HOW FLORIDA'S CHIEF JUDGE MISQUOTED ME from the Philadelphia Daily News, December 11, 2000 by John Allen Paulos
Last week Chief Justice Charles T. Wells cited me in his dissent from the Florida Supreme Court decision allowing for a manual recount of the undervote in Florida.

He wrote, "I agree with a quote by John Allen Paulos, a professor of mathematics at Temple University, when he wrote that, 'the margin of error in this election is far greater than the margin of victory, no matter who wins.' Further judicial process will not change this self-evident fact and will only result in confusion and disorder."

I was pleased at being mentioned, but also a little upset that my words were used to support a position with which I disagree.

Emails I received didn't help. A number of people wondered how I could support Bush. One asked if I were related to Justice Wells, and some were clearly delusional. With all due respect to my correspondents and to the esteemed judge, I believe that the statistical tie in the Florida election supports a conclusion very different from the one he drew.

For one thing, the tie seems to lend greater weight to the fact that Al Gore received a third of a million more votes nationally than did Bush. People are reluctant to bring this up because the Electoral College makes the popular vote irrelevant, but this year's dead heat can be seen as giving Gore's national plurality the status of a moral tie-breaker.

Another aspect of the moral case for Gore is that since the election, it's become clear that more Floridians intended to vote for him than for Bush. Twenty-thousand overvotes in Duvall County alone were discounted (rightfully) and more than 90% would have gone for Gore. The butterfly ballot in Palm Beach cost Gore thousands of more votes as did the chads that were reluctant to separate.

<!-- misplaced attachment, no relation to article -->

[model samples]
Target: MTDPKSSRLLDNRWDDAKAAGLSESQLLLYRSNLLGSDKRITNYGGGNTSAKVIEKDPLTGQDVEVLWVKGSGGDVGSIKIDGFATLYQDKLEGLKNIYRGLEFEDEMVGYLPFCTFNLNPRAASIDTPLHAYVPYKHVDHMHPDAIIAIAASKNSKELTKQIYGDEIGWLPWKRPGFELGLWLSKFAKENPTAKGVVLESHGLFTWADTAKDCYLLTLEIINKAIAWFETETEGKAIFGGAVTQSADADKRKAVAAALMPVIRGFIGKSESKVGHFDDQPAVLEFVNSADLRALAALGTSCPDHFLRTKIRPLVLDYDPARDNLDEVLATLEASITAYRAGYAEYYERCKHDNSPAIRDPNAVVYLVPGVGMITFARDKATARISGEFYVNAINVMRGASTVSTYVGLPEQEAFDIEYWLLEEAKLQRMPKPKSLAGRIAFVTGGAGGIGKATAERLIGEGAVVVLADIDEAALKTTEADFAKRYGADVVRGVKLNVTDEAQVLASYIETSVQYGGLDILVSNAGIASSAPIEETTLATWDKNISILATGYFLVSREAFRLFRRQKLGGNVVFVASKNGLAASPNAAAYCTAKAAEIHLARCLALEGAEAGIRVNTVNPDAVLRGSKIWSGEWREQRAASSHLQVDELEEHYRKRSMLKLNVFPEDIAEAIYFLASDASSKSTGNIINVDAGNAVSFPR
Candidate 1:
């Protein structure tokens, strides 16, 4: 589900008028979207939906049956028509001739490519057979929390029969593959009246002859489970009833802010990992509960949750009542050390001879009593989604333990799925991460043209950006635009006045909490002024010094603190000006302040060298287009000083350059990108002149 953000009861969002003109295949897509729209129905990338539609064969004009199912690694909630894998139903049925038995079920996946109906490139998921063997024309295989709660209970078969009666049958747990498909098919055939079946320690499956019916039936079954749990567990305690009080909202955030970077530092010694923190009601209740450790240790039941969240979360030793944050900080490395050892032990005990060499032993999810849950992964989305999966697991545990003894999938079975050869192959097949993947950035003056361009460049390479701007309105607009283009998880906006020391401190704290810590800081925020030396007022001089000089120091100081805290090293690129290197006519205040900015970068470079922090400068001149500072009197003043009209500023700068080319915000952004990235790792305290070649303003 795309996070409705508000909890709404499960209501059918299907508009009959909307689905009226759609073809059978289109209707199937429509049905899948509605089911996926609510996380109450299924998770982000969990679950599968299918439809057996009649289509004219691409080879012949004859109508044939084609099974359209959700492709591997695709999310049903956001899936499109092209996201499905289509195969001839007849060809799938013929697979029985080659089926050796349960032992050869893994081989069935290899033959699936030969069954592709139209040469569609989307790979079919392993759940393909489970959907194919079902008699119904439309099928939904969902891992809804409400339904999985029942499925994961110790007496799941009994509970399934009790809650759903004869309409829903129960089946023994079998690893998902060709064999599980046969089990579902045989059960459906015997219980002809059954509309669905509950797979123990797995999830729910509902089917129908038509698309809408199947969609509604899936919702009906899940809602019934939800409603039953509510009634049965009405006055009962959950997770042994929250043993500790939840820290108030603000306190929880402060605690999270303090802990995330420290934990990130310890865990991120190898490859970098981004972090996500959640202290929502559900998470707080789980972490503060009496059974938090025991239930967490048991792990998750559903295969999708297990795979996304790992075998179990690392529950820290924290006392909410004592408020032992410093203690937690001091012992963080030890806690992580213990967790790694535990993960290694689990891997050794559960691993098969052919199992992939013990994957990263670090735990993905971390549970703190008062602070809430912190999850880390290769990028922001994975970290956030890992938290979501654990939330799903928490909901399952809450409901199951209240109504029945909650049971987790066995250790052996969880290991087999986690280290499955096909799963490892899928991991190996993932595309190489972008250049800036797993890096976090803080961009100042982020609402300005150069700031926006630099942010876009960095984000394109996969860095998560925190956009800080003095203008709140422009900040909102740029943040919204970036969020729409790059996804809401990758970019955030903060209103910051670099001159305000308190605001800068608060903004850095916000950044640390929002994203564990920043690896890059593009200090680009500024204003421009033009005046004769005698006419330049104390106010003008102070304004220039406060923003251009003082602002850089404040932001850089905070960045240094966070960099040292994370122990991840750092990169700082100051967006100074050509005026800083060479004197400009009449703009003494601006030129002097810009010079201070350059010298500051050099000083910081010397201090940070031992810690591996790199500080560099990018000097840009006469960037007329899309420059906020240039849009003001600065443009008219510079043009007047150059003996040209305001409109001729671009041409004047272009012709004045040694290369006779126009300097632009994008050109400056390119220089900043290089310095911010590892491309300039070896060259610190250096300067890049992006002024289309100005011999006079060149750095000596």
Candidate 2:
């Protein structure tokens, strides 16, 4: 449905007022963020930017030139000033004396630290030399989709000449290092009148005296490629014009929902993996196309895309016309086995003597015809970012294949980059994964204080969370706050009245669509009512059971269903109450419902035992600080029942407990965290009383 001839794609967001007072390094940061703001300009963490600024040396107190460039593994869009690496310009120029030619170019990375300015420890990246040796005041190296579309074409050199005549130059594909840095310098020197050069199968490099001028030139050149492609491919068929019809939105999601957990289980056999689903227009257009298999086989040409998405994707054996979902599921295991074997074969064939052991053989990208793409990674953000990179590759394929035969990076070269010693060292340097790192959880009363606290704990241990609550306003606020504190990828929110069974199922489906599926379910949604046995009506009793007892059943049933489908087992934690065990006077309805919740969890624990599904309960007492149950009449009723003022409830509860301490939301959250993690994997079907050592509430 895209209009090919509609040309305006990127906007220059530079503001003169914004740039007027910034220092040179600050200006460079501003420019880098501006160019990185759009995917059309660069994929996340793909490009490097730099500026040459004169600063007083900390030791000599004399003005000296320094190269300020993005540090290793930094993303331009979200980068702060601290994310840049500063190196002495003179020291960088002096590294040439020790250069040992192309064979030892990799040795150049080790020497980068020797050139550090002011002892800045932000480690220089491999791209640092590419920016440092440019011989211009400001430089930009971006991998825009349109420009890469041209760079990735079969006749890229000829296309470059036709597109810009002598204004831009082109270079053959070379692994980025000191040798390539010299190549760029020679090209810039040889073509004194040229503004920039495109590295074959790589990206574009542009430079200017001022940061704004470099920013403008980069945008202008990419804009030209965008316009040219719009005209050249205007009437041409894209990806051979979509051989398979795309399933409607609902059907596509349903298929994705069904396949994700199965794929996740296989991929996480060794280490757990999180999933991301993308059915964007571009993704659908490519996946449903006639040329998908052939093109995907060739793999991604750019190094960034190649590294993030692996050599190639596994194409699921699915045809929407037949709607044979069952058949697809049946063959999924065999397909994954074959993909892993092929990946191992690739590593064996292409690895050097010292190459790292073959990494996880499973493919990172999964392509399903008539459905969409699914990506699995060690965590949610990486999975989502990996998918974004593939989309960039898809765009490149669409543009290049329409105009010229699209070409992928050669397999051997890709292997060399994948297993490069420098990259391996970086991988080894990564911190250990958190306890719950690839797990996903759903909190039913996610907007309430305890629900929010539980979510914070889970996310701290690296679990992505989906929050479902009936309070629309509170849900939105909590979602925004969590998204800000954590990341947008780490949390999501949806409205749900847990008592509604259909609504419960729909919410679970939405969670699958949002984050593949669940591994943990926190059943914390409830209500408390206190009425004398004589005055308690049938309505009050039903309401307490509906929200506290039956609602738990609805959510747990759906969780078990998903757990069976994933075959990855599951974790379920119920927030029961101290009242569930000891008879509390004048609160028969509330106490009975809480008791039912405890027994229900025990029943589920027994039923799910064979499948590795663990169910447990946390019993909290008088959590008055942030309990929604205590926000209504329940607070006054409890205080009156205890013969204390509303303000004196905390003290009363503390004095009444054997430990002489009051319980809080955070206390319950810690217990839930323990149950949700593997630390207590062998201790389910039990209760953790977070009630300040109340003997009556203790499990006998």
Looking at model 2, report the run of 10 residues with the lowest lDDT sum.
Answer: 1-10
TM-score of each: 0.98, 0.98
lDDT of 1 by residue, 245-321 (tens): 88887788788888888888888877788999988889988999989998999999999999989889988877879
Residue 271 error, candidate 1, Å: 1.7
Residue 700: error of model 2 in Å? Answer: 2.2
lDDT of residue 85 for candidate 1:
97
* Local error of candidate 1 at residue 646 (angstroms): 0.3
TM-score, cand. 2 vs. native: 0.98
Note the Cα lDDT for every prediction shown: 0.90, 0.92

Most of these problems were in Democratic Counties and help explain why the Voter News Service called Florida so early for Gore; they were rash enough to believe that people actually voted the way they thought they had.

What about the legal votes? I'm not a lawyer, and I never play one anywhere, but I know that intentions don't count, only real votes. So what is real? This is where the chad hits (or doesn't hit) the pan.

The vote is so close and the totals hinge so precariously on the various counties' decisions regarding proper chad behavior that the outcome will be, to a great extent, arbitrary - essentially a coin flip with marginally different probabilities of heads and tails. Since most reported undervote problems occurred in Democratic areas, it would seem that the more liberal the chad standard adopted in them, the bigger the net gain for Gore.

Yet Bush will certainly enjoy an indeterminate net gain in Republican counties. In no case, I fear, will the final Florida outcome be indisputable nor the result statistically significant. There may, in fact, be no fact of the matter.

Nevertheless, short of a coin flip or a concession by Bush or Gore, I think the U.S. Supreme Court should allow the manual recount to go forward despite its problems. Even if such a manual recount is more or less equivalent to a coin flip, counting the votes is our tradition and doing so will bring closure to the process and legitimacy to the winner.

A sports analogy suggested to me by a reader of my New York Times OpEd, "Measuring Bacteria With a Yardstick," is apt. When the referees in a football game measure for a very close first down, they often seem to cavalierly plop one end of the ten yard chain down and then very, very carefully check the other end to see if the tip of the ball is beyond it.

This practice gives one the illusion of definitiveness, but the margin of error in the initial placement disguises the fact that the process, important though it is, is sometimes arbitrary. Such is the situation with regard to the manual recount.

Assuming the game is not called for time, I'm hoping that Gore's nose makes it over the line.

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